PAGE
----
Monday, June 20, 2011

My God Comes in Flavors

WARNING: If you don't tolerate beliefs that differ from yours very well, this is not a post for you. Feel free to leave now.

I was born a Roman Catholic. I went to a Catholic school for nine years. I am Christian. My children are Christian. I believe there is only one God. I believe that God is so much, that we, as humans, do not have the capacity to understand anything but a small portion of God.

Starting with the premise that there is only one God, I looked around at the many different beliefs. Either I was right and all the others were wrong, I was wrong and somebody else was right OR  we were all blind men looking at the elephant.

When it comes to God, I believe we are all blind men. We touch the part of God closest to us and assume that is all there is.   I know my Christian beliefs are not wrong. However, I also feel that a lot of Christians put God in a box and try to limit Him and what He is capable of. I believe that the parts of God seen by Jews, Muslims, Buddhists, Shintos, and Lutherans are just as real as mine. There is only one God.  Each have touched a piece of God, each a different piece. None of them are wrong- each is just an understanding of a limited portion of all God is.

When I was young, I read a book, Mister God this is Anna by Pappas Fynn. I read it again each decade of my life. The older and more experienced I get, the more the book resonates with me. God is so enormous, it is silly to put him in a box, and, more importantly, foolish to try to limit Him to what we understand.

I will return to my usual posts tomorrow.

10 comments:

Mom of the Perpetually Grounded said...

My family and I have had many conversations on this and have a long convoluted theory that basically agrees with what you say here. God is enormous. We don't know all the facts.

Oh, and Lutherans, same One God as Catholics, we just skip rosary and saints days ; )

Medkid said...

Amen sister. :) Having traveled part of my journey at a Christian College during which I visited the dark crevasses of depression known by far too many I learned, juxtaposed against the messages of "one way" putting God into a comfortable box, that in the crevasse God simply IS. Beyond definition that I can verbalize, beyond my ability to conceptualize even the tiniest part of Her, God IS. God was the "life" that I could sink into when the darkness faded all else around me into grey. In my own depression induced dementia I could know only this, that God is there; indescribable, but alive, real, present. My respect for all ways of encountering this universal God of love deepens as life goes on and I experience the broken-ness and heartache and joy of what it is to live fully human. I never went back to my old ways of belief after that.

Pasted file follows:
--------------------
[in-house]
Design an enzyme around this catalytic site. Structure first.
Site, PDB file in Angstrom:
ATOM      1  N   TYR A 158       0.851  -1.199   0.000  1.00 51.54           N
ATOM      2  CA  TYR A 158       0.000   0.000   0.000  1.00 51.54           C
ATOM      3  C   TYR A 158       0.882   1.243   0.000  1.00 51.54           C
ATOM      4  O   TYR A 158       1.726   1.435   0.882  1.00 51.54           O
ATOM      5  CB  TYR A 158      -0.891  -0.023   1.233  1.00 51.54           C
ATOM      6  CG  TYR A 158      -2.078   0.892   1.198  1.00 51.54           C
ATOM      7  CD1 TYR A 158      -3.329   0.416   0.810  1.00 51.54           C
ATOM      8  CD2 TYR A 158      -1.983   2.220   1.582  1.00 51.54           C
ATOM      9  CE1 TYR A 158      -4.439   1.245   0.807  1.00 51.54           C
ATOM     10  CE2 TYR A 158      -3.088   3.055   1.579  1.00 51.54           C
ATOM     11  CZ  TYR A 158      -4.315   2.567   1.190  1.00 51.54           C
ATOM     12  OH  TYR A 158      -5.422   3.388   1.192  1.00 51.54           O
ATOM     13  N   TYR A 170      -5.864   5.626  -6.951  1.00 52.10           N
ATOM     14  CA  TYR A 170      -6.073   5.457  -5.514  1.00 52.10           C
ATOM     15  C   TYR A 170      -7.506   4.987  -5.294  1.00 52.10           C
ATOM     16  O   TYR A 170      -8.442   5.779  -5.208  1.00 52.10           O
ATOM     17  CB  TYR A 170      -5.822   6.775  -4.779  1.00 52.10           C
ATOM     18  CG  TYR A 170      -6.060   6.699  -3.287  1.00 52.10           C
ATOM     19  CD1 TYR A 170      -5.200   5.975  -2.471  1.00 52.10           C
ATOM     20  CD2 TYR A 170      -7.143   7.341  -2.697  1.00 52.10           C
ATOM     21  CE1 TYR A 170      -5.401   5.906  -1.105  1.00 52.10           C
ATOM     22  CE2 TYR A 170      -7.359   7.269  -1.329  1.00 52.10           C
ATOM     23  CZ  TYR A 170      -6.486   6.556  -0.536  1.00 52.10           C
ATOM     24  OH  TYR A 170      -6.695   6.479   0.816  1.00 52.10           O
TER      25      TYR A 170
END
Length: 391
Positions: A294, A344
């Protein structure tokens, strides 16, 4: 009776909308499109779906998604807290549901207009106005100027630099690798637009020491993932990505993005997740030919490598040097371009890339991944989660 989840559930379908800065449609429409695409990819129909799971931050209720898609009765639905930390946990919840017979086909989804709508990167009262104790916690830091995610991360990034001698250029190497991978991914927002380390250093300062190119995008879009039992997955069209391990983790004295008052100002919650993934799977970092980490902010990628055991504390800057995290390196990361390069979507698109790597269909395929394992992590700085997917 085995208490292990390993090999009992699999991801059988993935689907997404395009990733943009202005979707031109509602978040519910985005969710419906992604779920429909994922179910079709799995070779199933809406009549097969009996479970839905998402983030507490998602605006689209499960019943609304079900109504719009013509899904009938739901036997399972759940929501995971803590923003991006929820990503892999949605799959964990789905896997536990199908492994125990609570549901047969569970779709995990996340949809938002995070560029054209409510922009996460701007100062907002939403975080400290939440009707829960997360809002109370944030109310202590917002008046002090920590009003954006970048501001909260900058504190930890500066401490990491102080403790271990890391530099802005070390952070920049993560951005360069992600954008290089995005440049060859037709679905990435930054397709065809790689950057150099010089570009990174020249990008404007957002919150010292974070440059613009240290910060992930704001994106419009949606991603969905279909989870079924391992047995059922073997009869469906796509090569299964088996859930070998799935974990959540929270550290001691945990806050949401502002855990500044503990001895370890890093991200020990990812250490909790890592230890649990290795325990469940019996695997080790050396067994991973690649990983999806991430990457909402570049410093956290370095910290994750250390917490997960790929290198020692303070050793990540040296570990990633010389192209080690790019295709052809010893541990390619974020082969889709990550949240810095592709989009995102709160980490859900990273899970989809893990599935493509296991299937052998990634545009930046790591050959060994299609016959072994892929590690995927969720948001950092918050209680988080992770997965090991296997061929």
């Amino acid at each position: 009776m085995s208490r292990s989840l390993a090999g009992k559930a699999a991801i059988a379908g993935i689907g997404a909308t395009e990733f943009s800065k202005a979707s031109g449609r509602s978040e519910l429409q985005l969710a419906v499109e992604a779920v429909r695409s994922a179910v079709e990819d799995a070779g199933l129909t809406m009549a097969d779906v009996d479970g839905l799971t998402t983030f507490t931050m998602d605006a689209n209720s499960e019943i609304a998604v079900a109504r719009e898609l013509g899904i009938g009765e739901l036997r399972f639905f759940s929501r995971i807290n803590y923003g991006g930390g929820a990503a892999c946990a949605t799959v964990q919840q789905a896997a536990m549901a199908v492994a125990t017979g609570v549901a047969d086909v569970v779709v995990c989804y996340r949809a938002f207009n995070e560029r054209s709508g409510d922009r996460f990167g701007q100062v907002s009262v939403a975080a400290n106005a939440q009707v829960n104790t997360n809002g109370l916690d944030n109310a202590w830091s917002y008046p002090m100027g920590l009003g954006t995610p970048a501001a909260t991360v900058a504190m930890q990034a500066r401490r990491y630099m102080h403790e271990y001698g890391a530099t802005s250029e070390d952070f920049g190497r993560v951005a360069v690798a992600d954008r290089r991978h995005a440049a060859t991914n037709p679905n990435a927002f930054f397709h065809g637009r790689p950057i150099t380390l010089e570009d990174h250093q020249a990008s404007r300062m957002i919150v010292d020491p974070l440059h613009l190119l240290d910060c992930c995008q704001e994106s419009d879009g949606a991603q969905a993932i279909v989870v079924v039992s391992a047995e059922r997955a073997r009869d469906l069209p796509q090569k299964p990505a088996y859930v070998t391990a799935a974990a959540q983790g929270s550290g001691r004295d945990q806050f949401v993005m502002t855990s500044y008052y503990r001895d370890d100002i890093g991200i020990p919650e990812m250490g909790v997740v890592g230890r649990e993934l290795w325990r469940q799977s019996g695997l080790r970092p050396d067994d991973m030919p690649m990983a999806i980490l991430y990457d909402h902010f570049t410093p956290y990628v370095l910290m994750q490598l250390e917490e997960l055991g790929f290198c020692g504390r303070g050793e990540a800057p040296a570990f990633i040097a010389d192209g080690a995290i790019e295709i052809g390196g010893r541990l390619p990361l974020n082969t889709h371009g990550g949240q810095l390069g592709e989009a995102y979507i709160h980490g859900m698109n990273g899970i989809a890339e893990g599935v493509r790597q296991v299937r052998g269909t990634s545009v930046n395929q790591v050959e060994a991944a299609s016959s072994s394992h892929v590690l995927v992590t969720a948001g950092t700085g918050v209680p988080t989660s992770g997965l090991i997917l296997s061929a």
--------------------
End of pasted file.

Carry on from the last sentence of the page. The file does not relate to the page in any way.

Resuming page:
Medkid said...

P.S I'm a newcomer to your blog! I love your honesty and spirit.

Anonymous said...

I read that book as a child and loved it. Thank you for reminding me of it {}

Ranger (under anonymous for no other reason than Blogger being touchy)

Anonymous said...

I found your post to be quite powerful! I have a strong faith and believe in God, but I also believe that others who believe differently from me also are worshipping God. God is good and sees our intent and I think having values, morals, and giving back are a key part of whatever faith a person has. Anyways, loved your post!

Dannette

robyncalgary said...

Perfectly amazingly well said. Thanks for this!

Karen -AspergersMom said...

You are spot on.

Denise said...

Well said. I've never read that book; I'll have to look for it.

Ten Beautiful Years said...

I first saw this poem years ago in a children's book of poetry... I immediately thought this is how so many in the world perceive Who God is!

The Blind Men and the Elephant
John Godfrey Saxe (1816-1887)

It was six men of Indostan
To learning much inclined,
Who went to see the Elephant
(Though all of them were blind),
That each by observation
Might satisfy his mind.

The First approached the Elephant,
And happening to fall
Against his broad and sturdy side,
At once began to bawl:
"God bless me! but the Elephant
Is very like a WALL!"

The Second, feeling of the tusk,
Cried, "Ho, what have we here,
So very round and smooth and sharp?
To me 'tis mighty clear
This wonder of an Elephant
Is very like a SPEAR!"

The Third approached the animal,
And happening to take
The squirming trunk within his hands,
Thus boldly up and spake:
"I see," quoth he, "the Elephant
Is very like a SNAKE!"

The Fourth reached out an eager hand,
And felt about the knee
"What most this wondrous beast is like
Is mighty plain," quoth he:
"'Tis clear enough the Elephant
Is very like a TREE!"

The Fifth, who chanced to touch the ear,
Said: "E'en the blindest man
Can tell what this resembles most;
Deny the fact who can,
This marvel of an Elephant
Is very like a FAN!"

The Sixth no sooner had begun
About the beast to grope,
Than seizing on the swinging tail
That fell within his scope,
"I see," quoth he, "the Elephant
Is very like a ROPE!"

And so these men of Indostan
Disputed loud and long,
Each in his own opinion
Exceeding stiff and strong,
Though each was partly in the right,
And all were in the wrong!

GB's Mom said...

TBY- Thanks for sharing. They are the blind men I was thinking of!